According to Music Week: The Liberal Democrat’s Culture, Media and Sport Spokesperson Lord Clement-Jones will on Monday announce plans for a new Bill to “save live music in England and Wales”.
This comes on the back of the latest data released from the US, which says that: US album sales last year were the lowest since 1995 – and that 2009 is even worse, with sales off a further 13% year-on-year.
Lord Clement-Jones will say that the government’s 2003 licensing act has failed and that “1 in 20 music venues are now no longer putting on live music”.
Maybe we’ve missed a trick however. It’s all well and good saying how few albums have been sold between x and x period of time, but maybe people aren’t buying records because music at the moment just isn’t very good.
The amount of artists coming through is greater than ever, and bouyed by the likes of Pop Idol, the mainstream is saturated with singers who have two or three hits and then disappear into the ether.
The last truly innovative band to break through were Franz Ferdinand in 2002/2003. Who has taken the mantle of Blur or Oasis as the cheerleaders for British music? Arguably Coldplay, but they, and I must stress that I think they’re genius and i’ll defend them to the hilt, do not occupy the same attitude or buoyancy as those bands from the Britpop era.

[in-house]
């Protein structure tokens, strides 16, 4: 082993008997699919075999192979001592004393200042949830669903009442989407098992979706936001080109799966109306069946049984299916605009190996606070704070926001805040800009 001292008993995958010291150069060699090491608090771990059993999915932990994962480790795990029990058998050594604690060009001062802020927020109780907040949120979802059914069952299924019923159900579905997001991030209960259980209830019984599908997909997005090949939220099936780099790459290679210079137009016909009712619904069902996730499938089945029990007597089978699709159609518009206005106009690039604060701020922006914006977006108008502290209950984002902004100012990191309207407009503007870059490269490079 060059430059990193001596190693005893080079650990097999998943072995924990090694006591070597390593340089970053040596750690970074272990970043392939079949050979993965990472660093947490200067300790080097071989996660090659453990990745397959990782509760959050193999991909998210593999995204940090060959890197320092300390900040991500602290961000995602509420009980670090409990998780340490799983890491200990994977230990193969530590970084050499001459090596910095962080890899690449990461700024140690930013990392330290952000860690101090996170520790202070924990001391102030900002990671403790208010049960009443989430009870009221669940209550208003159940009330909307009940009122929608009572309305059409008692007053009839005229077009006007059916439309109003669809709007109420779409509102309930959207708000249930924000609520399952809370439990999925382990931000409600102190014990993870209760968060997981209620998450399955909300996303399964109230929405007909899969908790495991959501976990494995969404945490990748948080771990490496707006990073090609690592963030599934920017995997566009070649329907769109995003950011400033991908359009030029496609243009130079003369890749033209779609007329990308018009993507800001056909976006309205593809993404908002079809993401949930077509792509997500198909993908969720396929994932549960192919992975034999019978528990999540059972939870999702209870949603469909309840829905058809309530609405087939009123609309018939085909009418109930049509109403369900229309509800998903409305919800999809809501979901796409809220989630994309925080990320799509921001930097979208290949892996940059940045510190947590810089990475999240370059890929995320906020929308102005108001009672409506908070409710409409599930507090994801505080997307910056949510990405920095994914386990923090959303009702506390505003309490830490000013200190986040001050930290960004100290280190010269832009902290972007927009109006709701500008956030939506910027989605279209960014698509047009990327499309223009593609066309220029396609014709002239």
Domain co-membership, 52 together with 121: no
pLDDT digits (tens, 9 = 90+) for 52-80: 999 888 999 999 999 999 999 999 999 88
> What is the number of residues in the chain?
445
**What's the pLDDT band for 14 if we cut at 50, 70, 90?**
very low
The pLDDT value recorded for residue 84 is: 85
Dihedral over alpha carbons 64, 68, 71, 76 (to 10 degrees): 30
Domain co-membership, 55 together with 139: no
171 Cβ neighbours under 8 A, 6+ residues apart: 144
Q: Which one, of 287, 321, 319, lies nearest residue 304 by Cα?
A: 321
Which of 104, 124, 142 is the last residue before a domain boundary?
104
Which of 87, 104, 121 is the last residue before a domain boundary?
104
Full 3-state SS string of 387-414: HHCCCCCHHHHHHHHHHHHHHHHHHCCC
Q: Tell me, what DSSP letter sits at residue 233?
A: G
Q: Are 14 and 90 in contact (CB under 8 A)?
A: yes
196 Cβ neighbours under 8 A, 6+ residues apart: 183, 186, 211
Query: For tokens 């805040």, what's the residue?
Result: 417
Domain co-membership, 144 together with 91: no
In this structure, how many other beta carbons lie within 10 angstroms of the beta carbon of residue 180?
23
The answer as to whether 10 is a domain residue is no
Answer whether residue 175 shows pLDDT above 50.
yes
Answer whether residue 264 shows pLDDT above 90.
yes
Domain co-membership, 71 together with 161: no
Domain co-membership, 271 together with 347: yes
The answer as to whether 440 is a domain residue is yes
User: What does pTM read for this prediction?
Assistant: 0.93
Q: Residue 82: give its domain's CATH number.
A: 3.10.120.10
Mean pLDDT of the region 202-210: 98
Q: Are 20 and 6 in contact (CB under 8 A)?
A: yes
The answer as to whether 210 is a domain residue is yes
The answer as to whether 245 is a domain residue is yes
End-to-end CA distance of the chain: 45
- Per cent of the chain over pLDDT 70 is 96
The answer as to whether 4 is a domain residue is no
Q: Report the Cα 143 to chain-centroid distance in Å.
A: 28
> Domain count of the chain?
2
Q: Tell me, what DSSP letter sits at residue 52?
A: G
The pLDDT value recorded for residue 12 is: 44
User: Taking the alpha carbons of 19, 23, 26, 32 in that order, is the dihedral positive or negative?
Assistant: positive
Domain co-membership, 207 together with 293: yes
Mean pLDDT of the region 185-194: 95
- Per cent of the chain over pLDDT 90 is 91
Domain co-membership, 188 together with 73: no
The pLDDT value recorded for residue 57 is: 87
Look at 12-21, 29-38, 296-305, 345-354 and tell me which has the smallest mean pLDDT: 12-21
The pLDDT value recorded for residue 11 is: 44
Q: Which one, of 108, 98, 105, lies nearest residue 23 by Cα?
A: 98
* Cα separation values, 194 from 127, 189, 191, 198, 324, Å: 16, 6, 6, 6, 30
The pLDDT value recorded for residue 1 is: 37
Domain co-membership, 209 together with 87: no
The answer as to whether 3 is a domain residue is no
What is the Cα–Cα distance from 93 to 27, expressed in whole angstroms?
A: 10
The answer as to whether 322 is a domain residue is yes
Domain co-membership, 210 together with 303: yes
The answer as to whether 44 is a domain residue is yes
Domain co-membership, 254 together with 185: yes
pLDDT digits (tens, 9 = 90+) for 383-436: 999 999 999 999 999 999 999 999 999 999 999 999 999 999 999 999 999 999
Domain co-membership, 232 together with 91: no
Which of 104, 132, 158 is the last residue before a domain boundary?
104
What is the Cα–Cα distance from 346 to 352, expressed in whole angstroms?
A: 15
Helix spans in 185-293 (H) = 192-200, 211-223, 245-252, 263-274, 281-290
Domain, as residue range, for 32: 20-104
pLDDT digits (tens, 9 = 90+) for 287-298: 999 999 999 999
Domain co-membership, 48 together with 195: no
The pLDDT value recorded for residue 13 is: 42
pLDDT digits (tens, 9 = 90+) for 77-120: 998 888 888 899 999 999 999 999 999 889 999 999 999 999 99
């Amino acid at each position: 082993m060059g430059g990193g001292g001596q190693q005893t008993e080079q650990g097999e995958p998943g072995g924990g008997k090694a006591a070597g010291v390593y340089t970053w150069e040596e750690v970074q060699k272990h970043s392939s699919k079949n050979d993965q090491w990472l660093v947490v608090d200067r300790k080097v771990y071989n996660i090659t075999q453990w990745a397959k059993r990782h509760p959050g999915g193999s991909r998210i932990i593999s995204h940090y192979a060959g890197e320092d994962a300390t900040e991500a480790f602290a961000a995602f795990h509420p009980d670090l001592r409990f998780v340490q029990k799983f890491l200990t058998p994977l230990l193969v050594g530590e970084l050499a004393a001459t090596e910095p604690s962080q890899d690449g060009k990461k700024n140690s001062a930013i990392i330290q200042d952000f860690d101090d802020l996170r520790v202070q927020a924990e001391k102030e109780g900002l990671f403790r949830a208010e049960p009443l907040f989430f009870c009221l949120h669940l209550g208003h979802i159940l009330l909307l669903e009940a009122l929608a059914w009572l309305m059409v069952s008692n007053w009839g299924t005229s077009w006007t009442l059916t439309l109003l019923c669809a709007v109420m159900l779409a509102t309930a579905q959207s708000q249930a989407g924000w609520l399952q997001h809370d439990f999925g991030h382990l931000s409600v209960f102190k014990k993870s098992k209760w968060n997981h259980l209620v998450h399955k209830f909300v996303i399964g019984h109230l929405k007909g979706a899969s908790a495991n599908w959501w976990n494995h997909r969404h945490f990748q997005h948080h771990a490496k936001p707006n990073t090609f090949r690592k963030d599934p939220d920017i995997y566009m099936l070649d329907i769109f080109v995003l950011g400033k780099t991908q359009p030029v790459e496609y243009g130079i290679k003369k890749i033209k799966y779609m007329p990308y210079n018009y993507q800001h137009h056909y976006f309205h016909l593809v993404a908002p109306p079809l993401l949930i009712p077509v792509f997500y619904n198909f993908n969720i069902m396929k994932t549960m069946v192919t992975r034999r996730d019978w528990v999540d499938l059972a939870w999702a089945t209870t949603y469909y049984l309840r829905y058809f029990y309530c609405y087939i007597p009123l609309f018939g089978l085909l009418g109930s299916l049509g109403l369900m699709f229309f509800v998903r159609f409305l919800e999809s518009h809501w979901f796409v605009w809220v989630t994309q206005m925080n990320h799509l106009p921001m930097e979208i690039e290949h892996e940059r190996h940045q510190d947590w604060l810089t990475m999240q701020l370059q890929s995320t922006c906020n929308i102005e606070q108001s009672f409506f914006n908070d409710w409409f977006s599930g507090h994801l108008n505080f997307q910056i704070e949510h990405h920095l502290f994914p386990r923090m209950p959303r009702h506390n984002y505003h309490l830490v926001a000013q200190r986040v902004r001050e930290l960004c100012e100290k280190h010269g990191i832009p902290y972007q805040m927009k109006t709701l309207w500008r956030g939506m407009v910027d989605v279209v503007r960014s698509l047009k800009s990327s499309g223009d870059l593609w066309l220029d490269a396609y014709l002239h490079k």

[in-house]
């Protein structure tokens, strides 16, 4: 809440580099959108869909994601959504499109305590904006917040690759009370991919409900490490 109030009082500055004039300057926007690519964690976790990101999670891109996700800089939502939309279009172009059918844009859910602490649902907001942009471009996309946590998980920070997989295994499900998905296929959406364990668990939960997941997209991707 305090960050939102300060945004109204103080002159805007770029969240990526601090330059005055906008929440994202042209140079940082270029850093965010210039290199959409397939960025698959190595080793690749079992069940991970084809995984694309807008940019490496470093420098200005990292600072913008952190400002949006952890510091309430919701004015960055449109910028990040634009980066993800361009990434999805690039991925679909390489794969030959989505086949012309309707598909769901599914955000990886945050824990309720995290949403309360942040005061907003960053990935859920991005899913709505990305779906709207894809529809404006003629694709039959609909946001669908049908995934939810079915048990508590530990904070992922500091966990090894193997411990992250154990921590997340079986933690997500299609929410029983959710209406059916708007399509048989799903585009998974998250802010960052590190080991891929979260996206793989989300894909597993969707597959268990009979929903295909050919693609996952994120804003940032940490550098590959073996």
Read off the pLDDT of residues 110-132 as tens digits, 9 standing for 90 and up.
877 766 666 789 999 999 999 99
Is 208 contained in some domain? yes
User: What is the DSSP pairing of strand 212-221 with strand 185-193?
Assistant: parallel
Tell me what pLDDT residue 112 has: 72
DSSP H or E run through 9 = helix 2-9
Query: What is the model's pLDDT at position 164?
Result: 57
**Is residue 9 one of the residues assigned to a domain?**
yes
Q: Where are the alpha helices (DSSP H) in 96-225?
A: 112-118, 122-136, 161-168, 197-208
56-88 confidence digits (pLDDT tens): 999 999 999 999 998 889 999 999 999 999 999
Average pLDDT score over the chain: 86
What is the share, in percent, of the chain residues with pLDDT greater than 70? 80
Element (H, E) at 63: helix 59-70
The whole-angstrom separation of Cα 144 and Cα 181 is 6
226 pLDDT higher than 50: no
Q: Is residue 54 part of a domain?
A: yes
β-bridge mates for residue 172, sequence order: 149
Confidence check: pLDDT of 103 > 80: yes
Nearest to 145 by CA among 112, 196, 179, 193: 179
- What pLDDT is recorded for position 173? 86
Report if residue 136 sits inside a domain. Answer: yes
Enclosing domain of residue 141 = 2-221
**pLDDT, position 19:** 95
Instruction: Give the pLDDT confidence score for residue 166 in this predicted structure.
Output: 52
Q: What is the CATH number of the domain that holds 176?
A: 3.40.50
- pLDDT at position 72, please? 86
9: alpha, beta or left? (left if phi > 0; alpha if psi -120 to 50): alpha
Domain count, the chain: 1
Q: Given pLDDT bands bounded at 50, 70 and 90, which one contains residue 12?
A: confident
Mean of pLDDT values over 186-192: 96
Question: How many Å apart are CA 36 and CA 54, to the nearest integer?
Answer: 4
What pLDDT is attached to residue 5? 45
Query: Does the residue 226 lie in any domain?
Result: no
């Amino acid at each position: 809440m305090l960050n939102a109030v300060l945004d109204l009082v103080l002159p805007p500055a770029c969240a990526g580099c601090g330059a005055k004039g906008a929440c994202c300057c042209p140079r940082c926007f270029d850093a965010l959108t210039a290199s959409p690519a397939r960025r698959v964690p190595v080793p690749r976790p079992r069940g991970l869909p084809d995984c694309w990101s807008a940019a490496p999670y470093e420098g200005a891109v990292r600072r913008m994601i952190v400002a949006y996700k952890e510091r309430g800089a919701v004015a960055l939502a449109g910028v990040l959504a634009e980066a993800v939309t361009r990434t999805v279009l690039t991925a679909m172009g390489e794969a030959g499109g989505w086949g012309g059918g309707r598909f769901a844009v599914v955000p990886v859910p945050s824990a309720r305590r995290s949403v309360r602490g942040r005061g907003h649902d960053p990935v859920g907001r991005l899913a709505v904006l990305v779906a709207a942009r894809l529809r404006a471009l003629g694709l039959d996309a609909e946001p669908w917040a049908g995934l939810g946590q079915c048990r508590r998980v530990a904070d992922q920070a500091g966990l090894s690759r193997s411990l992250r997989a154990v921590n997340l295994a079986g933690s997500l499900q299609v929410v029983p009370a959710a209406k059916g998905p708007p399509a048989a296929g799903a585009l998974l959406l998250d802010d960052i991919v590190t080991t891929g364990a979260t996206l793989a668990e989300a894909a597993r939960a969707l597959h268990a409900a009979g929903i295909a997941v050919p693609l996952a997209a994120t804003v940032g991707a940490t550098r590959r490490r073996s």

The latest band to take the world by storm is Elbow, a quintet who’ve been around for four albums, and yes they deserve every single accolcade that goes their way (including the titling of blogs), there are no young up and coming bands making their mark on the scene.
This could be because everyone is spending less on musical instruments, but it could be that we’re becoming so used to mainstream content that there is no way of being immune from and creating, truly original and groundbreaking music.